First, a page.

Once we validated our video-based approach, the co-investigator on this grant, Adjunct Professor Mike Sonne in the Department of Kinesiology, led a team who developed a smart phone app that can provide coaches and parents with the ability to automatically analyze recorded video and obtain performance assessments during practice and competition. Until now, quantifying kinematics has been limited to a research laboratory, but our work is putting evaluations into the hands of coaches, allowing for long-term athlete tracking.
How will this contribute to knowledge or understanding of the Canada Summer Games?
Thanks to many technological advancements, our work is leading to video-based, markerless motion capture. This allows us to track human performance “in game” and not have to simulate it in the lab, providing a method to easily track Canada Games athletes over time. We can track athlete movements in practice or during games, which can provide valuable insight into workload, fatigue and injury risk.
By testing our technology at the Canada Games, we’ll be able to validate the accuracy and reliability of video-based motion capture for in-game athlete monitoring. This approach will allow for an easy to administer tool that coaches can use to optimize athletic performance. We have started this work, specifically with baseball pitching, but plan to expand to other sports and athletes over time.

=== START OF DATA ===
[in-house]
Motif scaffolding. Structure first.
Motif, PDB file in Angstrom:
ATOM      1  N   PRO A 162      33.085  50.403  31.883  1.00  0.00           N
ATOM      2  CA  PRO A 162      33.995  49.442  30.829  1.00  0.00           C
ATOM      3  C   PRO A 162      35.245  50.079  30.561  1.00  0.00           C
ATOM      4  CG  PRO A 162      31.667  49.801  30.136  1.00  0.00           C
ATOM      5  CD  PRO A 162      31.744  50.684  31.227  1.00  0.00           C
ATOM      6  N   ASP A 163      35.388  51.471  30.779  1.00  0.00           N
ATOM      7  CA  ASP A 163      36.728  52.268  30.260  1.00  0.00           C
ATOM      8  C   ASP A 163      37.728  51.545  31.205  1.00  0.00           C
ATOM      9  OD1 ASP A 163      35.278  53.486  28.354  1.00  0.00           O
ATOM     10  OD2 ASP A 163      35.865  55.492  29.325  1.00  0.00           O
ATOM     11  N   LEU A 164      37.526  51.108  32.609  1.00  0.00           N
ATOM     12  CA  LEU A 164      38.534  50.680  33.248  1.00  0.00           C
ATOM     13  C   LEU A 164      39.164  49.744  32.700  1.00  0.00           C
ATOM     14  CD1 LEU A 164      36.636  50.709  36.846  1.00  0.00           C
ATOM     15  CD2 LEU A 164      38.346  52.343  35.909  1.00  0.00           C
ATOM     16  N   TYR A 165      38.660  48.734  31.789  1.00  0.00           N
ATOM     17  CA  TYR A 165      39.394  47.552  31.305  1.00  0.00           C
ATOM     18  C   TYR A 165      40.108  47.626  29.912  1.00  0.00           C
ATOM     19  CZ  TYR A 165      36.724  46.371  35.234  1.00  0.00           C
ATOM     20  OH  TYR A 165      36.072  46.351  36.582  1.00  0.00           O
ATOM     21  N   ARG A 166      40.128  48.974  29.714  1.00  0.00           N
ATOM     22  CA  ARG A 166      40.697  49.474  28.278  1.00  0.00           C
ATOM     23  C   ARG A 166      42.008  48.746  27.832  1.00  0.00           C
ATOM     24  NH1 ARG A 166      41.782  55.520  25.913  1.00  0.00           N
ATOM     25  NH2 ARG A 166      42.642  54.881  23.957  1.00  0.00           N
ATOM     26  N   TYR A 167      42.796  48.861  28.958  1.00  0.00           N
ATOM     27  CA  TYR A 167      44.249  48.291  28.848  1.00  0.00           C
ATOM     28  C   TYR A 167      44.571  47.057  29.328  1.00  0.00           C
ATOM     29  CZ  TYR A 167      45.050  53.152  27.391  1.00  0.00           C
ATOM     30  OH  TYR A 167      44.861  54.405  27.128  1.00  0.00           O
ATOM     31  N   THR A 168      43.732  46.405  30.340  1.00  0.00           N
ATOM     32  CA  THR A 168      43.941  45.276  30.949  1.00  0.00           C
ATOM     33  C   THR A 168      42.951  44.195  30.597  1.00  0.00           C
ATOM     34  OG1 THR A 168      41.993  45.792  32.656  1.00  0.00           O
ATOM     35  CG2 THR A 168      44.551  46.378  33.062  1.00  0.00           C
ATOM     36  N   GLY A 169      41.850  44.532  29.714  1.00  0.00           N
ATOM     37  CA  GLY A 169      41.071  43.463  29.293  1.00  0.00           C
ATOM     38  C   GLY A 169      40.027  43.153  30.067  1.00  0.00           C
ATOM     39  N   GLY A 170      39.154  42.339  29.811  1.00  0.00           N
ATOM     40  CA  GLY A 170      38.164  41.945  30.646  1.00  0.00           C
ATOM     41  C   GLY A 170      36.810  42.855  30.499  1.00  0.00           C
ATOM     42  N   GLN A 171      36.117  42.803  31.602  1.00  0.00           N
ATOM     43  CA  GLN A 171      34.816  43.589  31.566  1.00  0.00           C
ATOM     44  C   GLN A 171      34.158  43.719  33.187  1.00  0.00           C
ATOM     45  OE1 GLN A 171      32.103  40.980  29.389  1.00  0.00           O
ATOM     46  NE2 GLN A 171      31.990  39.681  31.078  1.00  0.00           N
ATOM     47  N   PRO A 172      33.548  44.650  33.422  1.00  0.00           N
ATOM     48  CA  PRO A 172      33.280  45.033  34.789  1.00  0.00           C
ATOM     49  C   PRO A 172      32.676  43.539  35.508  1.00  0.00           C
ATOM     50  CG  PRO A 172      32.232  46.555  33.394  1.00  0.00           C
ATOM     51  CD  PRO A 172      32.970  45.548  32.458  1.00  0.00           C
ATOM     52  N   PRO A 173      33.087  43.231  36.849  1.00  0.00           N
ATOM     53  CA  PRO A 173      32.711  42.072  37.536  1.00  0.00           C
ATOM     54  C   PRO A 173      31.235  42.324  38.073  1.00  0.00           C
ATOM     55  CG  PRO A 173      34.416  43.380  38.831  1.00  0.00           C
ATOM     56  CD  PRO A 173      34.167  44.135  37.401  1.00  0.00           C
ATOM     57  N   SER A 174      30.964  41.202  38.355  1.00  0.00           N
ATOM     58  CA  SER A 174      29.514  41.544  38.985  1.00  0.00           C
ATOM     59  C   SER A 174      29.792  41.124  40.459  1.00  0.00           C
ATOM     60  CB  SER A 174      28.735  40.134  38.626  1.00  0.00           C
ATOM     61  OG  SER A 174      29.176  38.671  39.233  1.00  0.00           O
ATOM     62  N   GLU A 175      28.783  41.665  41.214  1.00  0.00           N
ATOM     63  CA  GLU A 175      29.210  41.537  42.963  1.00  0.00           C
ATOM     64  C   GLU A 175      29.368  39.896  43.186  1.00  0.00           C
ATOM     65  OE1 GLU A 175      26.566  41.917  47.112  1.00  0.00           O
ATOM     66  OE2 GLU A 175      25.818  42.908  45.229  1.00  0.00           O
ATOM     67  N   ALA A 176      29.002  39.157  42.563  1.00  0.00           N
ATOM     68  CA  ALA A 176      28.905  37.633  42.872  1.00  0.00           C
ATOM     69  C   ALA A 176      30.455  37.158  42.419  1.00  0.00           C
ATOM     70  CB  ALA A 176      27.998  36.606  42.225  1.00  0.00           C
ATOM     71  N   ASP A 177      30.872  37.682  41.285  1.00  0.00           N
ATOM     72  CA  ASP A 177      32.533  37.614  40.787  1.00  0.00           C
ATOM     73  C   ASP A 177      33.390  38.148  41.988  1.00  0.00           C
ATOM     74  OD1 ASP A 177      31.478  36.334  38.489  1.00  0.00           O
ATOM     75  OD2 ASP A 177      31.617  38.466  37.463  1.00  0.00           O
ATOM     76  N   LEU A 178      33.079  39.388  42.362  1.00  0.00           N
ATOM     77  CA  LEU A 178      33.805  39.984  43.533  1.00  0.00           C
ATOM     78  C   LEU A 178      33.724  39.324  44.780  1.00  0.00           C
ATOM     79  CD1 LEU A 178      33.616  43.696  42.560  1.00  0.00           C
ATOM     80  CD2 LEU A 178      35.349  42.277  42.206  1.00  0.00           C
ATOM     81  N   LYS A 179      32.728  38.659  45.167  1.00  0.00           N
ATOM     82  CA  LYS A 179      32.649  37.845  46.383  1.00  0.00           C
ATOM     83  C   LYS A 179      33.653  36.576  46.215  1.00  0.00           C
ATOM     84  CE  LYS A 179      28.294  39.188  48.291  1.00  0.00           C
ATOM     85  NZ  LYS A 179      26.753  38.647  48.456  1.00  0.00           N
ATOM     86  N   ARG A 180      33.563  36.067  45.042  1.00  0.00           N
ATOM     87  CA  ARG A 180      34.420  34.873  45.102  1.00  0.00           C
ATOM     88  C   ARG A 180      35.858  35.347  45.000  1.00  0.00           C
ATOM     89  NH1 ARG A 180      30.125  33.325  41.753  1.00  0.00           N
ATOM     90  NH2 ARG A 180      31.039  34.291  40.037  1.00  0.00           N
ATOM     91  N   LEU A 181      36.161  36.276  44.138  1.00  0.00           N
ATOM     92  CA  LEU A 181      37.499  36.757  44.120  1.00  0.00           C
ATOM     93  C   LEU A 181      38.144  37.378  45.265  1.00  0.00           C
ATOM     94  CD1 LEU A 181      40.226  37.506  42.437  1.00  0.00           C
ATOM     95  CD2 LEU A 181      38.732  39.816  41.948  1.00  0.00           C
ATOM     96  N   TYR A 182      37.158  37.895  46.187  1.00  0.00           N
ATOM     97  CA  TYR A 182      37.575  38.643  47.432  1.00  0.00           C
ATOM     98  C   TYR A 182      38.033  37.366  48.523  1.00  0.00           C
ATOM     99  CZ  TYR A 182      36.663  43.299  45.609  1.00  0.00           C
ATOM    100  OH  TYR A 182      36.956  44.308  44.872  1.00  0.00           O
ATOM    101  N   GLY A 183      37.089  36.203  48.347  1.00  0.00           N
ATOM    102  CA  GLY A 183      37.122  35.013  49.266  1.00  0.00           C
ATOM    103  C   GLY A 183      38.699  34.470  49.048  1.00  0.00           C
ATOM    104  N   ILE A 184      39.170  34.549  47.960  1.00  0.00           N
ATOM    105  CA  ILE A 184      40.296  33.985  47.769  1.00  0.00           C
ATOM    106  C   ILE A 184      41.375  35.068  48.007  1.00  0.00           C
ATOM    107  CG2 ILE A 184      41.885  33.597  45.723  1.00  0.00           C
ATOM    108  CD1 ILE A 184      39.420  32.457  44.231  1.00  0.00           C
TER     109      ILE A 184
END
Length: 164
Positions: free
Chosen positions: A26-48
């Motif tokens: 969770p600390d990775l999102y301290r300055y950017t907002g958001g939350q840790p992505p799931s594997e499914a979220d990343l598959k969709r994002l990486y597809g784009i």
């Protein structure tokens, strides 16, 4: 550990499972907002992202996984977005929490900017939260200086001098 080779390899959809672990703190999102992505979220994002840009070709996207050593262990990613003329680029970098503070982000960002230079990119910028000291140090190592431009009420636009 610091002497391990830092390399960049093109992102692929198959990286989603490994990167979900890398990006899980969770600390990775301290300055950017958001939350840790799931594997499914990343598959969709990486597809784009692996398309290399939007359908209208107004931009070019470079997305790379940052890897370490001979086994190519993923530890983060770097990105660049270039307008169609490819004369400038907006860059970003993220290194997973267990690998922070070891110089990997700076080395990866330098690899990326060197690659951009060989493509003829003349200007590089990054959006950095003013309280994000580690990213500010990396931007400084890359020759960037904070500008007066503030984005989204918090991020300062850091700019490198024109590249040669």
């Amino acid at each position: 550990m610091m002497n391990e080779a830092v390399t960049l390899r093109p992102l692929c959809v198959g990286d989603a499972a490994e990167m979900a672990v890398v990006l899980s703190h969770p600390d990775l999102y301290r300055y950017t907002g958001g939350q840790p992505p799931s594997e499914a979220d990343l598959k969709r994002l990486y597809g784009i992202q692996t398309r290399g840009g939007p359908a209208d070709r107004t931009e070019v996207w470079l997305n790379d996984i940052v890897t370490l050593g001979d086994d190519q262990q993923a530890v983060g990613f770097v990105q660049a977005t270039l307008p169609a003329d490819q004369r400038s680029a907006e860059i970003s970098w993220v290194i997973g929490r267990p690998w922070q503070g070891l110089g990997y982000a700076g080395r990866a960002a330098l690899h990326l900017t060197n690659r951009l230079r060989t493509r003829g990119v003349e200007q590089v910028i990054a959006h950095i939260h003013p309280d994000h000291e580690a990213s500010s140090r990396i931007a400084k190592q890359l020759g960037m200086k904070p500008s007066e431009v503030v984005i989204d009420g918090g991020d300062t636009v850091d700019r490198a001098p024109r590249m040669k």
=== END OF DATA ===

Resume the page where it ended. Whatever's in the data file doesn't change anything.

How did you become interested in this research?
Our lab uses motion capture technology to study human movement. Of course, we have a particular interest in workers, occupational tasks and injury risk. However, I’ve always been interested in sport performance and injury prevention. My colleague and co-investigator Mike Sonne was very interested in exploiting this technology for baseball pitching. Our lab largely studies upper extremity injuries and baseball pitchers have high rates of elbow and shoulder injuries, so this was a perfect fit for collaboration. After finding some graduate students who were also interested in baseball pitching, we hit the ground running.
How do you plan on sharing your research?
We will share our research results through traditional academic avenues, including publishing in biomechanics journals and presenting the work at national and international conferences.
Mike Sonne is the Chief Scientist for 3Motion AI and ProPlayAI. Our work has helped ProplayAI develop a smartphone app called PitchAI. PitchAI is available for download and sports teams and coaches can use the app to quantify pitching kinematics. So, work in our lab and from this grant is currently being used in industry and we are excited to share it with the Canada Games and expand into other sports. ProPlayAI was recently featured on ESPN for the MLB draft.
Do you have any advice or tips on how colleagues in your Faculty can incorporate the Canada Games into their research?
The Canada Games group and the Brock VPR Canada Games Grant program have been very open to new ideas. I would encourage colleagues to think outside the box. We all have different skills and interests. Even if your research is not directly related to sport, maybe your techniques and methodologies can be applied to sport. These interdisciplinary approaches lead to the most exciting advancements. For example, our group has taken video-based motion capture, which was largely developed in computer science, and have applied it to biomechanics and kinesiology.